Keep your shirt on: Dos and don’ts for that long-overdue update to your LinkedIn profile

First Hand: Leslie Hughes, LinkedIn profile writer, offers advice on how best to showcase your accomplishments Leslie Hughes, LinkedIn Specialist and Profile Writer, has some tips on what works on LinkedIn profile. Photo by Chris Ratcliffe/Bloomberg If you haven’t updated your LinkedIn since 2015 — seriously, I mean me, I just looked it up —…
Keep your shirt on: Dos and don’ts for that long-overdue update to your LinkedIn profile

First Hand: Leslie Hughes, LinkedIn profile writer, offers advice on how best to showcase your accomplishments

Leslie Hughes, LinkedIn Specialist and Profile Writer, has some tips on what works on LinkedIn profile. Photo by Chris Ratcliffe/Bloomberg

If you haven’t updated your LinkedIn since 2015 — seriously, I mean me, I just looked it up — know that professionals like Leslie Hughes, LinkedIn specialist and profile writer, now exist to perfect your online CV with the same careful curation you’d use for eHarmony. But what’s really involved in a LinkedIn glow up? First Hand reached out and asked her.

FP Work: I can’t even believe how long it’s been since I updated my profile. Years and years.

Leslie Hughes: You are not alone and that’s why I love doing what I’m doing! Which, if I were to explain it simply at a party, which I never do, I’d say I help empower professionals and brands optimize their stories via social media channels. Really I make you look better on LinkedIn, because lots of people are just like you, that’s totally normal.

Leslie Hughes, LinkedIn specialist and profile writer. Photo by Courtesy Leslie Hughes

FP Work: I guess I set it up once and then never looked back. Is that bad?

LH: Well, it’s very common. A few years ago, LinkedIn was mostly for people who were actively looking for jobs. They joined, got a job, and then their profile was left just sitting there. Now the site’s changed into more of a networking thing, especially during the pandemic when we couldn’t network in person, but lots of people still aren’t quite sure how to use it best.

I’ve seen some bad profiles (photos). Even shirtless ones

Leslie Hughes, LinkedIn Specialist and Profile Writer

FP Work: Yeah, it’s awkward. Like, can I make a joke or not? Should I? I don’t know.

LH: Absolutely you can, most of the time. LinkedIn isn’t really fun like Facebook or Instagram is, and some people automatically have more fear of using it or, worse, of using it wrong. Because it’s a professional network, people are more wary and there’s hesitation of making a mistake in a professional capacity. LinkedIn keeps trying to make their site more interactive and fun, but the psychology of LinkedIn is just a bit different.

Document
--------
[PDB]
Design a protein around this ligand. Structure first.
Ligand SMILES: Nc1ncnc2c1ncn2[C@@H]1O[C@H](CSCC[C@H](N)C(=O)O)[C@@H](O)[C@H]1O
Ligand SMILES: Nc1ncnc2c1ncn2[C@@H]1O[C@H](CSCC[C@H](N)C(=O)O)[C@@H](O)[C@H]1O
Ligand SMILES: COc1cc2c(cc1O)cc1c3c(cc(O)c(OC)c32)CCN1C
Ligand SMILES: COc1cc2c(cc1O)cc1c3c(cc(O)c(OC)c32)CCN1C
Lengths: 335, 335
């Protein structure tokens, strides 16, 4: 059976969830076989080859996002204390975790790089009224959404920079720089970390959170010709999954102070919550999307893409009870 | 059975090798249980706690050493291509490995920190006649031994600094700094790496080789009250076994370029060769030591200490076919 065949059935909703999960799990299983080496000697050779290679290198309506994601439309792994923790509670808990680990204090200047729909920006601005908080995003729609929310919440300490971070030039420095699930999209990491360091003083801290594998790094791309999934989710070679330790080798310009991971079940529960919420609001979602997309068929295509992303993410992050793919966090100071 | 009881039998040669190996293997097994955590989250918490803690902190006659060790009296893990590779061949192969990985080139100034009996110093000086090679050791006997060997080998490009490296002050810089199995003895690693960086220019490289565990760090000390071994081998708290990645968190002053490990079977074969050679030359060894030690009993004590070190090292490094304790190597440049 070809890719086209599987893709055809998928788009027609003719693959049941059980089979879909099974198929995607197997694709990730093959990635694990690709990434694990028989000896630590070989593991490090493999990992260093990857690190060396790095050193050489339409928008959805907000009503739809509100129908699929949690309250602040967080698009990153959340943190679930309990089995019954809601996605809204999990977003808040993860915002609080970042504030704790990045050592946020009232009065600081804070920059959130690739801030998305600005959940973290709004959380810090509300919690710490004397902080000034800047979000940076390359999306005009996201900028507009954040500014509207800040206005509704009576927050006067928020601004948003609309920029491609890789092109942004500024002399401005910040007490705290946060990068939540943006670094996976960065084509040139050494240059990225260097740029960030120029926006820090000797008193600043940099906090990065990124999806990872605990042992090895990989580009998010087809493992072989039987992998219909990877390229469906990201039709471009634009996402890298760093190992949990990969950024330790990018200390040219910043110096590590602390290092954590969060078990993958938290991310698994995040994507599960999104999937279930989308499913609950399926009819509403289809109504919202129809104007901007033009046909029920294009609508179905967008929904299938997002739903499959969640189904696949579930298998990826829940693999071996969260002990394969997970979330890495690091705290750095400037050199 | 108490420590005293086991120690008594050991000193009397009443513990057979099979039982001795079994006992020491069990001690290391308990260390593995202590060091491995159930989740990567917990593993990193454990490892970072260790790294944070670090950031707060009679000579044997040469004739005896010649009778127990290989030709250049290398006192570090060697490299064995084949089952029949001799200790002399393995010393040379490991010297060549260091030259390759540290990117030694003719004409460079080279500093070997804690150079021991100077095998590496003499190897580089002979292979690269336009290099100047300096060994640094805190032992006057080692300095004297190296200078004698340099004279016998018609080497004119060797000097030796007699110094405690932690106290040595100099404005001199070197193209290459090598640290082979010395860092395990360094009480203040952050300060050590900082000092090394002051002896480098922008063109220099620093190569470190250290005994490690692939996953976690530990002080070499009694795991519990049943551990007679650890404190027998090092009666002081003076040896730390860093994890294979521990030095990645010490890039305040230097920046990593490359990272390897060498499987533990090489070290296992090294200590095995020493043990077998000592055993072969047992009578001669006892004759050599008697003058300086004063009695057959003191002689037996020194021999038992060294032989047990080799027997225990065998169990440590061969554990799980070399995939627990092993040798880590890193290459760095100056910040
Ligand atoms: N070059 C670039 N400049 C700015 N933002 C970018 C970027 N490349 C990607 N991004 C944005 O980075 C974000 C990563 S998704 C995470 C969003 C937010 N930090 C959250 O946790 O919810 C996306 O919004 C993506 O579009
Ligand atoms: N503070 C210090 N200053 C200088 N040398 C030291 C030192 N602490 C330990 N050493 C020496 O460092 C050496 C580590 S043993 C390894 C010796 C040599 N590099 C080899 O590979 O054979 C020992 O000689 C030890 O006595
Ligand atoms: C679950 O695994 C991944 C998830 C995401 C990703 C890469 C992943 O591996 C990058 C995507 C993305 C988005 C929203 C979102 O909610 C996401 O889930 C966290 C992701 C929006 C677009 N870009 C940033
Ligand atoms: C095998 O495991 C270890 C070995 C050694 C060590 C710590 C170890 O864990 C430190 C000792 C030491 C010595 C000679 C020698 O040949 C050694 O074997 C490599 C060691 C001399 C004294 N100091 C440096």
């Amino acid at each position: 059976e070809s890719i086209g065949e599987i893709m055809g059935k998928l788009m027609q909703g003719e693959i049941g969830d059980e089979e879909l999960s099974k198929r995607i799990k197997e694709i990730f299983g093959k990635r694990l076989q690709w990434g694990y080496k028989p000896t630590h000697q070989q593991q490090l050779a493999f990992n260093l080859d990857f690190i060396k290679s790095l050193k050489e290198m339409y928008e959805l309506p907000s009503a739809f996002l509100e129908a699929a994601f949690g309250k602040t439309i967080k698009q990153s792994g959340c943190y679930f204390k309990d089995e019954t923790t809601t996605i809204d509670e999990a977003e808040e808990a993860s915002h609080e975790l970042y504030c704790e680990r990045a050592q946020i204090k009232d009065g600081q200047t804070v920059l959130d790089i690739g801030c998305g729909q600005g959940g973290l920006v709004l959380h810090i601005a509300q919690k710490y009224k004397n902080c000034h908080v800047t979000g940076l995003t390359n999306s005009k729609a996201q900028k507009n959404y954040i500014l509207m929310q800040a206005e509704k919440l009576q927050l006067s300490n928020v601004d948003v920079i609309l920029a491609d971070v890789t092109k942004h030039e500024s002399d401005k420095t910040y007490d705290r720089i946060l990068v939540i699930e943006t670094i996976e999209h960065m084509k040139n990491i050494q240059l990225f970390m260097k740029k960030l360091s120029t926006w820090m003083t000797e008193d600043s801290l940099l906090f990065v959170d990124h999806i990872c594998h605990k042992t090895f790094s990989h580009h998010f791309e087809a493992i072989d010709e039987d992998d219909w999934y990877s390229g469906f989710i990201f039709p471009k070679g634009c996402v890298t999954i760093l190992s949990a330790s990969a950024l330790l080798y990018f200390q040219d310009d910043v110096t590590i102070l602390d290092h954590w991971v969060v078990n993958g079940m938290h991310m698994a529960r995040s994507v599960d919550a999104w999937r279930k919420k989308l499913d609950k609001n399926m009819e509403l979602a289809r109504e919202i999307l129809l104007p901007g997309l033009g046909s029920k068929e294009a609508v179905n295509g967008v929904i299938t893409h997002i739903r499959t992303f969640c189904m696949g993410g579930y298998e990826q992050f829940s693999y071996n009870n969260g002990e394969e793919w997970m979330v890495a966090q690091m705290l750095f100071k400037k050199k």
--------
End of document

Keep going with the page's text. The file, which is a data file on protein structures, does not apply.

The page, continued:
FP Work: I tend to think of LinkedIn as an oversharing would-be employee, but what about the boss?

LH: They tend to have the opposite problem, actually. I write a lot of profiles for senior executives who are recognizing they are forward-facing ambassadors and they need to open up to connect with their peers, staff or investors. My job then is to help them make an accessible profile, and the easiest way to do this is to break it down into easy bite-sized applicable items. The very first one is the headshot, which is what people see first and where they make their first impression.

FP Work: I feel like you might as well be talking about Tinder right now.

LH: One hundred per cent, because that’s how first impressions work wherever you are. An ideal profile photo is a professional headshot, if you can afford to invest in one, where you’re dressed for a business meeting, you’re looking into the camera and you’re smiling. The background should be clutter-free. I don’t want to shame anyone, but I’ve seen some bad profiles. Even shirtless ones.

FP Work: What’s next after the photo?

LH: That’s your headline, where you have 220 characters to tell me who you are. Ideally, include your current role, any big places you’ve worked or fancy roles you’ve held in the past, and a little tagline that tells me what you’re about. If you’re not sure what to say, think about telling your target audience who and how you help people.

FP Work: Mine doesn’t have any of that, I’m sorry to say.

LH: Have you ever thought about why? I can tell you it is so, so common for people, and specifically women, to really hold back here on their accomplishments. I hear, even from the most seasoned CEOs in the country, that they’re afraid of someone thinking, ‘Who the hell do they think they are?’ We all need to push right past that feeling. The whole point is to tell me who you think you are.

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FP Work: That’s the reason they’re reading the profile, no?

LH: Yes, it is. LinkedIn is literally about showcasing your accomplishments. This pushes lots of people out of their comfort zone. It’s not the last, I could go on forever, but the next thing to think about is the “About” section, which used to be called “Summary,” which should tell you something. Here, I want to hear what I call “resumé with personality.” If I’ve read this far, I know what you do and where you work, but here’s where I want to know what you’re about. Some people will say keep this short and sweet, others will say use every character, but my opinion is to be authentic. I’m chatty too, that’s OK.

FP Work: Any last advice for a LinkedIn profile that knocks employers socks off?

LH: Ironically, far more important than what you do is your why: What gets you excited in the morning about what you do? Why did you choose this field? They say people don’t buy what you do, they buy why you do it. The best profiles try to capture and convey that passion.

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